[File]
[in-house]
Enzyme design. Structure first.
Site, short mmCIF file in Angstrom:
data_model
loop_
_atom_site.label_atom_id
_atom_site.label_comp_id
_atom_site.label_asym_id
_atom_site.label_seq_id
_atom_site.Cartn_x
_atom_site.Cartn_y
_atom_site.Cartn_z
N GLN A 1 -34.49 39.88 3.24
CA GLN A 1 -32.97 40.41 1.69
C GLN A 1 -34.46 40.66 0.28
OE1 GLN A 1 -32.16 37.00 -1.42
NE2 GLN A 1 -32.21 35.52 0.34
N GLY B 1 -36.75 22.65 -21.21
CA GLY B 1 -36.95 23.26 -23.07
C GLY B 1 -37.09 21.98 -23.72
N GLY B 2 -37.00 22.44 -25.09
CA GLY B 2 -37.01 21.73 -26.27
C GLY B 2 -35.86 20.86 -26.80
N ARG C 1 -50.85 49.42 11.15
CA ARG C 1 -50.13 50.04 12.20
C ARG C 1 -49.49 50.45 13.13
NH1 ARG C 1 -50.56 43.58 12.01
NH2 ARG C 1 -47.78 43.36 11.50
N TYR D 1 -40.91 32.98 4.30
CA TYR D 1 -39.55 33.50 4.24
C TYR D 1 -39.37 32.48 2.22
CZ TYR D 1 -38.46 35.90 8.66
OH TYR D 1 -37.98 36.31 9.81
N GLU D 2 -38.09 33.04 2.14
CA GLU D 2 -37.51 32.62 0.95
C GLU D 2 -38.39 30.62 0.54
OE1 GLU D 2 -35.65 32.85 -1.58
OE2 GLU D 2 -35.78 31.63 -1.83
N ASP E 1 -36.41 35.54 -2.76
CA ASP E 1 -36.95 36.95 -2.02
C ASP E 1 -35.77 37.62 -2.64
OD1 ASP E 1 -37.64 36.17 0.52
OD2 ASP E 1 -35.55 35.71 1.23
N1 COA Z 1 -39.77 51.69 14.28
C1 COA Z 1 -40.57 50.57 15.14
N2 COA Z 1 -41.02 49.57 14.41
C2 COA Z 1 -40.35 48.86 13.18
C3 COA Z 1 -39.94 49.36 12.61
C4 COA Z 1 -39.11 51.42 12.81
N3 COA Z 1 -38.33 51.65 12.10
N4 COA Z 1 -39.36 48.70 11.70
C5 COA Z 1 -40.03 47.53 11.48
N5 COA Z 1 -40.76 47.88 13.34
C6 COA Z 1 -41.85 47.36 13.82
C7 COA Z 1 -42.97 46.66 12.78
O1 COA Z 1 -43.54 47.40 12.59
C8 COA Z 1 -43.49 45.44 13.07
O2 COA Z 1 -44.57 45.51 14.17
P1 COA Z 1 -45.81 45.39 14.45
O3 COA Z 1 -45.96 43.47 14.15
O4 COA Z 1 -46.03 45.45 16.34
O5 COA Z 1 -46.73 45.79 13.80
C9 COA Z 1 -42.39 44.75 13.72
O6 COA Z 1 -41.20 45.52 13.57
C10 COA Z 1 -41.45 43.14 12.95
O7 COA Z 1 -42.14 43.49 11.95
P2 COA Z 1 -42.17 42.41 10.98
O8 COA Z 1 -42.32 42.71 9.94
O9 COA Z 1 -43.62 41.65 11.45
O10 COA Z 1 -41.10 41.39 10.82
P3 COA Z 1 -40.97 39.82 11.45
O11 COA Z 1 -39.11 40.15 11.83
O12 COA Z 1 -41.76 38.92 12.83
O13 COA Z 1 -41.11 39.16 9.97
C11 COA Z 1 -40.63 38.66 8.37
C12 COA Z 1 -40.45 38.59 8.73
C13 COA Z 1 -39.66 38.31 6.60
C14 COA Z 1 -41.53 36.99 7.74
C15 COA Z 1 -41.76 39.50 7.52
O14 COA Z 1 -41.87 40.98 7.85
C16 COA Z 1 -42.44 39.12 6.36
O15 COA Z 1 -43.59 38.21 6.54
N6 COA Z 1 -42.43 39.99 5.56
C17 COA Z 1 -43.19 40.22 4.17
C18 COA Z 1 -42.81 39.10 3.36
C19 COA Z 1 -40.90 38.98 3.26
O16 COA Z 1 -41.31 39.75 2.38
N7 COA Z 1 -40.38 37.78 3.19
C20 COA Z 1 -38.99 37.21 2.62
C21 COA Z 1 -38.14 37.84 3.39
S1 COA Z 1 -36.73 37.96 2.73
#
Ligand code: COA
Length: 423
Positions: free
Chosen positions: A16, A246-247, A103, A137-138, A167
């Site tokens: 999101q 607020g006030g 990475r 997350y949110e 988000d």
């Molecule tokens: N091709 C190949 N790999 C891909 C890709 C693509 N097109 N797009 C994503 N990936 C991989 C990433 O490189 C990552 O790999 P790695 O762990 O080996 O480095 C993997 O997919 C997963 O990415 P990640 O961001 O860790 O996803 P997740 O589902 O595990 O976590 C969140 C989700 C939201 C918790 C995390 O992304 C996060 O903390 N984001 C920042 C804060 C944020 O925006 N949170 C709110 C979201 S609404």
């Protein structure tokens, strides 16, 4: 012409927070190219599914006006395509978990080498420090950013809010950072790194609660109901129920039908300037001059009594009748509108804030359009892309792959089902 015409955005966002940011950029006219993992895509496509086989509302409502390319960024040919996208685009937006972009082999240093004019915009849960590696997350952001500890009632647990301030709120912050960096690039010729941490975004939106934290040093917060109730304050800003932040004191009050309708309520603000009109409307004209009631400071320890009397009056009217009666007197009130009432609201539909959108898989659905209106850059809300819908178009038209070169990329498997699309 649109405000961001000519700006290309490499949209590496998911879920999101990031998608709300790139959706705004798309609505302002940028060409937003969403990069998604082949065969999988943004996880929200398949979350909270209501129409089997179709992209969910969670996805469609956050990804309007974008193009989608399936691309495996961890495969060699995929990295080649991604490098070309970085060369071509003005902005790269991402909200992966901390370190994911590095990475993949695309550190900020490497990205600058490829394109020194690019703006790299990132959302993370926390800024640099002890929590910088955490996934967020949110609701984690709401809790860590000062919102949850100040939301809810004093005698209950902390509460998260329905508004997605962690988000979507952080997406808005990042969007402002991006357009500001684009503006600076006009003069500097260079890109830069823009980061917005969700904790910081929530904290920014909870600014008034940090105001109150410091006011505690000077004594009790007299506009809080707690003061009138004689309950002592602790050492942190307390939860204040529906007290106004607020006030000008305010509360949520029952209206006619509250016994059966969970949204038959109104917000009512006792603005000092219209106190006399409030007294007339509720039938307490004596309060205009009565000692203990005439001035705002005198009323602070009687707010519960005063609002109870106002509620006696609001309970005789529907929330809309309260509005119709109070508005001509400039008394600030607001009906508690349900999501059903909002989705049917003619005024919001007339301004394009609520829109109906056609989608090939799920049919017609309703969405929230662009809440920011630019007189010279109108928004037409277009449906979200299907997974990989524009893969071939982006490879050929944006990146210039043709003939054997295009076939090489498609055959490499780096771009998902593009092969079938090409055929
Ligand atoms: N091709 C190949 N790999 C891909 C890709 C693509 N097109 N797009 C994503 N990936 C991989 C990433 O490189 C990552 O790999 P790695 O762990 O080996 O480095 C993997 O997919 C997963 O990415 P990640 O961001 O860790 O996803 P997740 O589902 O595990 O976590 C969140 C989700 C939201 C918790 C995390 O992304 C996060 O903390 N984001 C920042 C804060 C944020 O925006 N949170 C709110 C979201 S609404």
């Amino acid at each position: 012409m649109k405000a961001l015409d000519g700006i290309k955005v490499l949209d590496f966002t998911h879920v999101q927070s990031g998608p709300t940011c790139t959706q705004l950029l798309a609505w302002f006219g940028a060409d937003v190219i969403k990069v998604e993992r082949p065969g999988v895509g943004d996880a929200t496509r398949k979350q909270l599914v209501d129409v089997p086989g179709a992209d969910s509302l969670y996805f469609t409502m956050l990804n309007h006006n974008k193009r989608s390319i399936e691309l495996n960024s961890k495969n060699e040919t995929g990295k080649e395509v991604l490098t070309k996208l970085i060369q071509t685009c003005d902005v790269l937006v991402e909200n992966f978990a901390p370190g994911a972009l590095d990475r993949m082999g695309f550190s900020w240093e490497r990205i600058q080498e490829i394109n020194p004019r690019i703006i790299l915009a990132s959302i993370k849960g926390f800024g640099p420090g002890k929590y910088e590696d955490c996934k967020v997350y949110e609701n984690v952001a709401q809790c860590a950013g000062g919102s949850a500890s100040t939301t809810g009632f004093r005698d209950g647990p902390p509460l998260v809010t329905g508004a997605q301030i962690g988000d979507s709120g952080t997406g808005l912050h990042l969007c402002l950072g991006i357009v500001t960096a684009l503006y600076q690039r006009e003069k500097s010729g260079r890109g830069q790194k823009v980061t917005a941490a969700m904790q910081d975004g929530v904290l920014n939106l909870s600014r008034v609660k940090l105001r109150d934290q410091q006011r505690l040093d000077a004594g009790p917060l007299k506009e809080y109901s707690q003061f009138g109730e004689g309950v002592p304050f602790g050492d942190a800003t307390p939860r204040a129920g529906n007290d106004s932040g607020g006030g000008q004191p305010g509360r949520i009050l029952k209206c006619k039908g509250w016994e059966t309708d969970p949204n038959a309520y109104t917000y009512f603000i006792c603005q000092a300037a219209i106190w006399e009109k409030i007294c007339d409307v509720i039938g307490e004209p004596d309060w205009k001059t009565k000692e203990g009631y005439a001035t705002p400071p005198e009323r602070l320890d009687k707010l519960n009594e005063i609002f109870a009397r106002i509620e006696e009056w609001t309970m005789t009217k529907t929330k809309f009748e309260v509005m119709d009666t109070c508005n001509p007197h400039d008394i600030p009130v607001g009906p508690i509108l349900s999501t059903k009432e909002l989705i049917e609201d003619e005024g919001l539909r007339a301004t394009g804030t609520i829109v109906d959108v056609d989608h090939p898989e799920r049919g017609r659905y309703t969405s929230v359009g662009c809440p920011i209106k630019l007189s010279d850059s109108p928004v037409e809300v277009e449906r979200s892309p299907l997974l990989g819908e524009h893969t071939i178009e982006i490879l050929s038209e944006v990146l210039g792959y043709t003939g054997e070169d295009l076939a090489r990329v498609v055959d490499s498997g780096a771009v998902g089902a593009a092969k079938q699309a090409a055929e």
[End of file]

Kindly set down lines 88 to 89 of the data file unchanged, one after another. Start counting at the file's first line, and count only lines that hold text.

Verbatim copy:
N7 COA Z 1 -40.38 37.78 3.19
C20 COA Z 1 -38.99 37.21 2.62